Having a big guy like Wedekind and his fit wife, Anchorage Daily News assistant photo editor Anne Raup, along to pack another canoe and extra gear seemed like a first-rate idea.
"That goes with one of my major maxims," Pratt said. "You must know your resources and how to maximize them."
Everything at the point appeared set, but for one lingering problem.
"I didn't really have a free day," Pratt said. Between family responsibilities and work, he found himself pretty well booked until fate intervened.
His brother-in-law's planned Alaska vacation got delayed. Pratt found himself with an open day on the schedule.
The weather didn't look good, but he noted, "if you wait around for nice, it's never going to happen."
So on Aug. 4, he, Wedekind, Raup and the girls headed north 70 miles from Anchorage to Nancy Lakes.
"In Wasilla," he said, "it was 55 degrees and raining. So hypothermia was my biggest concern. I fully expected to go four or five lakes and get in the canoe, but this was my date to do it."
Nothing had improved by the time the group reached Nancy Lakes. It was still raining. It was still 55 degrees.
Undeterred, Pratt suited up and dove in, figuring "after the first lake, it doesn't matter if it's raining anyway ... (and) in Tanaina Lake, it was warmer than I expected."
Scratch lake number one.
Lake number two - tiny Mile Pond - was a breeze.
Little No Luck and Big No Luck were longer and tougher. "Then I started getting a little cold," Pratt said, but his support team was now getting into the swing of things. They'd paddle ahead to be ready for him at the portages.
"Mark would give me a little cup of hot tea before I got in the next lake," Pratt said. That helped, though Pratt didn't dally long for tea.
"I figured out I was actually better off in the water swimming," he said.
The exercise helped keep him warm, and the lake water might actually have been warmer than the rain falling through the 55-degree air.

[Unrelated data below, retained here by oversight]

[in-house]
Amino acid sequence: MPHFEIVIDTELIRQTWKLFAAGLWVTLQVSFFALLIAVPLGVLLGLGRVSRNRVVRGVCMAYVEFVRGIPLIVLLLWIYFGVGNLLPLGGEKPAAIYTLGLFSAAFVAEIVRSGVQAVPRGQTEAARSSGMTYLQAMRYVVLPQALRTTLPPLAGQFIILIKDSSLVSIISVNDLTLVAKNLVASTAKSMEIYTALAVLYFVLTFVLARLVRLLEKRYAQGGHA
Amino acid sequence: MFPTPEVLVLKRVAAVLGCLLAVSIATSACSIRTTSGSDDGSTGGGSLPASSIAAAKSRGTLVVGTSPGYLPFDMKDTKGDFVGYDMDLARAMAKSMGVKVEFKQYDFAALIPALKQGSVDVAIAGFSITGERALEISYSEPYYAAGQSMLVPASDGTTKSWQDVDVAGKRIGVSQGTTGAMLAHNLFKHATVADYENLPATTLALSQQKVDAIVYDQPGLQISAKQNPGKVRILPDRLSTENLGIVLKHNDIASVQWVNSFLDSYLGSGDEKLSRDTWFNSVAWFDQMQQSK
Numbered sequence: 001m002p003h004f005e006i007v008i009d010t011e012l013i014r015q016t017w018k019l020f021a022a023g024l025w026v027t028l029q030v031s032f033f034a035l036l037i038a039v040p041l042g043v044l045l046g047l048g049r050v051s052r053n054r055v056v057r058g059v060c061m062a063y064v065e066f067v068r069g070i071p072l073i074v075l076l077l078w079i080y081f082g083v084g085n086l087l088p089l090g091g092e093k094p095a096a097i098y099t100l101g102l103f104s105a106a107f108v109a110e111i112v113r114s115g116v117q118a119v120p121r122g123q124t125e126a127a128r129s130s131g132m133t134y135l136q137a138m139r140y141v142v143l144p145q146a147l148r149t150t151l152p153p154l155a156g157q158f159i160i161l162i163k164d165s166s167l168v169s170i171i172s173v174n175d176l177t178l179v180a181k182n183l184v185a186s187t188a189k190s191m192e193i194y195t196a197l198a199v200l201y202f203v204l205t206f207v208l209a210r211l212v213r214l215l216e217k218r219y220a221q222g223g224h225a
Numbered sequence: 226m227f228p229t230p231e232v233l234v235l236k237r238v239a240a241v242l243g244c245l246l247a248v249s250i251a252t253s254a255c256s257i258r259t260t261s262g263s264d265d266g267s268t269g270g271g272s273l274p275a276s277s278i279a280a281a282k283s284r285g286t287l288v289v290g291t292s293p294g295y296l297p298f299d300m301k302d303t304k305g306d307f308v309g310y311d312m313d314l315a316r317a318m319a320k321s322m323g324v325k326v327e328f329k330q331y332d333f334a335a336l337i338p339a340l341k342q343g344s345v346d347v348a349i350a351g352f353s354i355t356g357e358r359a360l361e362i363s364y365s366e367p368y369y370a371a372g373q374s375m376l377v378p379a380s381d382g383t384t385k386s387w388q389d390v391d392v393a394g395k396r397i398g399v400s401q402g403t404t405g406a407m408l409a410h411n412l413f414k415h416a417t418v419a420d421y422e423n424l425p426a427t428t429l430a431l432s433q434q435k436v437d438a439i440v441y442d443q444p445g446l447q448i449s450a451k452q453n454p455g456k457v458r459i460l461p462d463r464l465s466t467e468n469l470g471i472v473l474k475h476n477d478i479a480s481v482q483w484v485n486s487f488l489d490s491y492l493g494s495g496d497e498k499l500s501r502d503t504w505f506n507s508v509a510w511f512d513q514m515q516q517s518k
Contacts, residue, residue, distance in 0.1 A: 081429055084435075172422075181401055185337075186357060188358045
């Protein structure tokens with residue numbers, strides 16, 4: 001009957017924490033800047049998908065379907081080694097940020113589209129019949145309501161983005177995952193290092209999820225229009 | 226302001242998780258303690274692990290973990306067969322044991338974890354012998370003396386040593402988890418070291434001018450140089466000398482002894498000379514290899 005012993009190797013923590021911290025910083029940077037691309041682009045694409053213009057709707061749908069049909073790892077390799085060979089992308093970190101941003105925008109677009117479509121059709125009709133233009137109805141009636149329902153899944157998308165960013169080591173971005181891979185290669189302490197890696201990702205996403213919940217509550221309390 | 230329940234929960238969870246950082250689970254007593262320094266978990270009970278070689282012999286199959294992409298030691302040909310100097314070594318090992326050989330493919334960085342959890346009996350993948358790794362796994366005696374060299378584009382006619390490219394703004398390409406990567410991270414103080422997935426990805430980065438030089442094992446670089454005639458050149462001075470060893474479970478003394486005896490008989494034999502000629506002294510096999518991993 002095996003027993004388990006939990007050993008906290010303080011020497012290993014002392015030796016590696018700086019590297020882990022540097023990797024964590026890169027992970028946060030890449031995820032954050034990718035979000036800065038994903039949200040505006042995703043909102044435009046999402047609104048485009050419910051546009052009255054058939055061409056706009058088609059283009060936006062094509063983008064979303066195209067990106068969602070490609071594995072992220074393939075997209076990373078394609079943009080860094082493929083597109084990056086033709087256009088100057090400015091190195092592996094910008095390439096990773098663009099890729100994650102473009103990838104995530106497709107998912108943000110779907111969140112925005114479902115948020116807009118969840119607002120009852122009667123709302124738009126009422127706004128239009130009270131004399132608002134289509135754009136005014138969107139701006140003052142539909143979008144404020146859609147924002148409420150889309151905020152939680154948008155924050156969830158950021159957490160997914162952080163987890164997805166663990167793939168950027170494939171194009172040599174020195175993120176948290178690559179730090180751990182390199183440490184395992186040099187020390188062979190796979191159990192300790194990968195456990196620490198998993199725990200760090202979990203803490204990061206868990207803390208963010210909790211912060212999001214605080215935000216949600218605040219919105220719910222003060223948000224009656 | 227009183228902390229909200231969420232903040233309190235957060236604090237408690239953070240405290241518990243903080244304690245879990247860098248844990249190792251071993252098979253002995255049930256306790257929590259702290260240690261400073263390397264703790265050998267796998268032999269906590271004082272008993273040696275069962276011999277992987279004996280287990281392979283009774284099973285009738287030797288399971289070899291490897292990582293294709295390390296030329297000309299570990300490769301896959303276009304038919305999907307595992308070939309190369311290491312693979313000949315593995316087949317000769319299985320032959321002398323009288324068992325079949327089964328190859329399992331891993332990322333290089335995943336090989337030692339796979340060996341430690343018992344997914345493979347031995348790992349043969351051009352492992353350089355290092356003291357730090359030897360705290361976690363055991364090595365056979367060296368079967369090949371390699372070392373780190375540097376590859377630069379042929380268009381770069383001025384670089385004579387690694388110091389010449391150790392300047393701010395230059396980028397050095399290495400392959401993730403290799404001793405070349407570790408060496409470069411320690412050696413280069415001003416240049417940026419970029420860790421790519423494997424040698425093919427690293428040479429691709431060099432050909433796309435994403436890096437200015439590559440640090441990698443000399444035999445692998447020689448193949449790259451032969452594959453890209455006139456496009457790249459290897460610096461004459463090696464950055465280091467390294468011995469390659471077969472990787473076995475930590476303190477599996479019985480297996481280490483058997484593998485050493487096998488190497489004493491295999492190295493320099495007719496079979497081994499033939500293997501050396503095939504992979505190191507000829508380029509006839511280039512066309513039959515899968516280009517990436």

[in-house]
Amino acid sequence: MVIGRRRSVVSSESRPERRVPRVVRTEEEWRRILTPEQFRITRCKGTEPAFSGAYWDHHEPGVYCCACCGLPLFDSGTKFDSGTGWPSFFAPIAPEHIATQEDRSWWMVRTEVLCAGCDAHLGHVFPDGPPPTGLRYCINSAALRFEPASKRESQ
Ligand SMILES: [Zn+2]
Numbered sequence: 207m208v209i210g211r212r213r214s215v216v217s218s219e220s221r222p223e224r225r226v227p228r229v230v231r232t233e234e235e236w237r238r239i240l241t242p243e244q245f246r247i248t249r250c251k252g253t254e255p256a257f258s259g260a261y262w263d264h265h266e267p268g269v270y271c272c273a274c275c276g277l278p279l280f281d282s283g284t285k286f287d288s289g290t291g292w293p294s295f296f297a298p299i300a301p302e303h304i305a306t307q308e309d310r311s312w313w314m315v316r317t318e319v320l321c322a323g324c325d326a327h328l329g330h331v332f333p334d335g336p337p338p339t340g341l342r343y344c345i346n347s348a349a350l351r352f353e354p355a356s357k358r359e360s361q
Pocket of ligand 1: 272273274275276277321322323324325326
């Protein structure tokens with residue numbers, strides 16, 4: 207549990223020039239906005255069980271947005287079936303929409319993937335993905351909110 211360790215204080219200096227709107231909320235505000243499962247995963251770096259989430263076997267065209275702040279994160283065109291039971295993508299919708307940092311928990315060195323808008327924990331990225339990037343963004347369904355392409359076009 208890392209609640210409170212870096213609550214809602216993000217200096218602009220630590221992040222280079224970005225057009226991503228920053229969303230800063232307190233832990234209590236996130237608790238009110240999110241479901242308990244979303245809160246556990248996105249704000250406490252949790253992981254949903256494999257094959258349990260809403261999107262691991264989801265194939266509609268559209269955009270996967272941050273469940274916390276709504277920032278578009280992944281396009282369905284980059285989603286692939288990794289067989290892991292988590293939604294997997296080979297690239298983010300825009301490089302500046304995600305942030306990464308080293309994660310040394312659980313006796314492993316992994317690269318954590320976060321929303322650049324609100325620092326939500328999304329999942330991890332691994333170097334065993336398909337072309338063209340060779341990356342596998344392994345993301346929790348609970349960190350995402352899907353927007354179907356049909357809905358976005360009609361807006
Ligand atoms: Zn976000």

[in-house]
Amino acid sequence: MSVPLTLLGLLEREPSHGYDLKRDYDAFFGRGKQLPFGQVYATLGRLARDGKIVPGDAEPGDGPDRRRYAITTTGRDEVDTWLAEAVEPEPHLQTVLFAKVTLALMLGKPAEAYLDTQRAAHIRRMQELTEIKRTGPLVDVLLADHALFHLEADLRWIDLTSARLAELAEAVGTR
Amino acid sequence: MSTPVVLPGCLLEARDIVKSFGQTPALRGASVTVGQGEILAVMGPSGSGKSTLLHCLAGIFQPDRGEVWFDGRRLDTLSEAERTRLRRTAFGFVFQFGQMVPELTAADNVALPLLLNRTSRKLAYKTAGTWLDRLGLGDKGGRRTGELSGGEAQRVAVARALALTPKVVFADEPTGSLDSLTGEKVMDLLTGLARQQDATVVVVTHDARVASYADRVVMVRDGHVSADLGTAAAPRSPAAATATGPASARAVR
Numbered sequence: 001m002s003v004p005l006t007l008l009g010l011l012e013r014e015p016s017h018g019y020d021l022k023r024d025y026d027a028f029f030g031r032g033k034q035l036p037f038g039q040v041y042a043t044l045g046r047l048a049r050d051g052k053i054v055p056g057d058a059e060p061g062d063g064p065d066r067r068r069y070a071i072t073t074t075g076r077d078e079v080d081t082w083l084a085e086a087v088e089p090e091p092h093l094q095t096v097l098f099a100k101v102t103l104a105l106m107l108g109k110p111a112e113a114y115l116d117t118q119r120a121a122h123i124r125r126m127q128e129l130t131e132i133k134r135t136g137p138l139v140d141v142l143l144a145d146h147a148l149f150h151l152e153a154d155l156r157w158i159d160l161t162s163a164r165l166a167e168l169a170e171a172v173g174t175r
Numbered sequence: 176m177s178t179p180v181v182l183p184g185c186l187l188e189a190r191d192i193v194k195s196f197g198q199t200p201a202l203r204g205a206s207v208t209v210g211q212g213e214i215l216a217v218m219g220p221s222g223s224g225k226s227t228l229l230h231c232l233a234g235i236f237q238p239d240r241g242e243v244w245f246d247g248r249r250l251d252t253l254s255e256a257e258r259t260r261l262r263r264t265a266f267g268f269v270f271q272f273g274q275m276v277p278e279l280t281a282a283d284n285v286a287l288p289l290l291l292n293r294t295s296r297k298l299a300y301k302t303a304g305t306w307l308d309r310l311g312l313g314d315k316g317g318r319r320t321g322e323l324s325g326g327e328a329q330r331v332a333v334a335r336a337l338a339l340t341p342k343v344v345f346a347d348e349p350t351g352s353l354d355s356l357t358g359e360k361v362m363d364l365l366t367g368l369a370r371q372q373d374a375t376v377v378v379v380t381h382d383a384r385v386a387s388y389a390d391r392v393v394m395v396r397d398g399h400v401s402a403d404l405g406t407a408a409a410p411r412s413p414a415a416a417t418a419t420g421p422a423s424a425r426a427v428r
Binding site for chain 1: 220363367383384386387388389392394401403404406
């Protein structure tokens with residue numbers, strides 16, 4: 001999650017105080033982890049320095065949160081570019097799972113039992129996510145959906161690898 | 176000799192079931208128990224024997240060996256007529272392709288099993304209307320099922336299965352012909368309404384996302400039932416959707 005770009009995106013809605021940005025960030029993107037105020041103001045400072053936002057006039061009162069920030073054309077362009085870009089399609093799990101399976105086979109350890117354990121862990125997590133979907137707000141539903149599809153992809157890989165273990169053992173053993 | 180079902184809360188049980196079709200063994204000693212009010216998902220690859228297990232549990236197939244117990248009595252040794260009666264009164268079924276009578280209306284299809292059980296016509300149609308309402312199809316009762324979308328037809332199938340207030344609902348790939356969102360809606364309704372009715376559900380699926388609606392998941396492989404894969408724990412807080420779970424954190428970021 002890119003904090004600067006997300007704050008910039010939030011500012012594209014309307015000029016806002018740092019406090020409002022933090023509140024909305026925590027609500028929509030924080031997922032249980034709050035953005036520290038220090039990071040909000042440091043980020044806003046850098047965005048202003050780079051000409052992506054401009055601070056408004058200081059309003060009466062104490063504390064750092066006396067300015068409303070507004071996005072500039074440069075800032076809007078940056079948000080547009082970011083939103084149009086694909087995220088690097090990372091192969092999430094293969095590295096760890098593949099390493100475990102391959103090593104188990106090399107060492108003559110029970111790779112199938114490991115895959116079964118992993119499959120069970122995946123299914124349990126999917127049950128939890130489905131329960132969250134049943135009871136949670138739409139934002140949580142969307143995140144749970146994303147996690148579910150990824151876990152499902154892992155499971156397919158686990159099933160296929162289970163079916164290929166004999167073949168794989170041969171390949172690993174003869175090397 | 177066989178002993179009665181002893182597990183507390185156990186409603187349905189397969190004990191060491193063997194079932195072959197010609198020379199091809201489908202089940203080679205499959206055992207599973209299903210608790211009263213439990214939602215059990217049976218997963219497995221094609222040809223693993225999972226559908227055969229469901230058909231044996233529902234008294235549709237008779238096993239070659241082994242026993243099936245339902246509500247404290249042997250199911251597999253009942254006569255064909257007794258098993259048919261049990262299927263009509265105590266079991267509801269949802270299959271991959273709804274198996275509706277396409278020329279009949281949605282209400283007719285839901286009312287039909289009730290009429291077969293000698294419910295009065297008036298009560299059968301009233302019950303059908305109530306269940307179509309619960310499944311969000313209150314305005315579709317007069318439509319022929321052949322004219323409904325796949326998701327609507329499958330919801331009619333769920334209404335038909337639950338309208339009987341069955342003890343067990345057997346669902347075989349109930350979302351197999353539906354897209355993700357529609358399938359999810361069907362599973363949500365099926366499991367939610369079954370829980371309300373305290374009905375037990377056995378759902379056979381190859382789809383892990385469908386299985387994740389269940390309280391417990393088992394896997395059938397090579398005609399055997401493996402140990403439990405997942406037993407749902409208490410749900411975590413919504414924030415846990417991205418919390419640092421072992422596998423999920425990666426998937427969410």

"We stopped for lunch at Lynx Lake," Pratt said. "I had soup and another cup of hot tea."
Lynx marks the turn on the Nancy Lake canoe loop. While lunching, Pratt slipped out of his wet suit top, pulled on a fleece and an insulating jacket, and found out that he was warm.
"That's when I figured this was a possibility," he said. "I figured the key was just to keep moving."
And that's what he did. He sped through another half-dozen or so lakes until he was back where the whole thing had begun, the first person - maybe - to have swum the Nancy Lakes canoe route.
"At the end, I was chilly," Pratt said. "I was ready to get out of my wet suit, but I was never hypothermic. I was never where I thought I was in any danger. I was never totally warm, but I was never too bad off."
He has calculated he swam 5 to 5 ½ miles, and "portaged" another 3 or more.
"We started right around 9:30 (a.m.) and ended around 5:30 or 6 (p.m.)," he said.
"You could do it a lot faster if you were just doing it by yourself. I know I could do it faster, and I'm not that fast a swimmer."
In fact, Pratt is already thinking about going back to do the swim faster and better.
This time he wants to do it unsupported. The biggest hurdle to that is finding a way to tow along some minimal safety gear.
And he's looking at other possible long-distance swims, such as the Swan Lake canoe route on the Kenai Peninsula.
"This wasn't all that hard," Pratt said. "By the end, I was pretty well whooped, but there are people that are doing a lot tougher things out there."
(c) 2007, Anchorage Daily News (Anchorage, Alaska).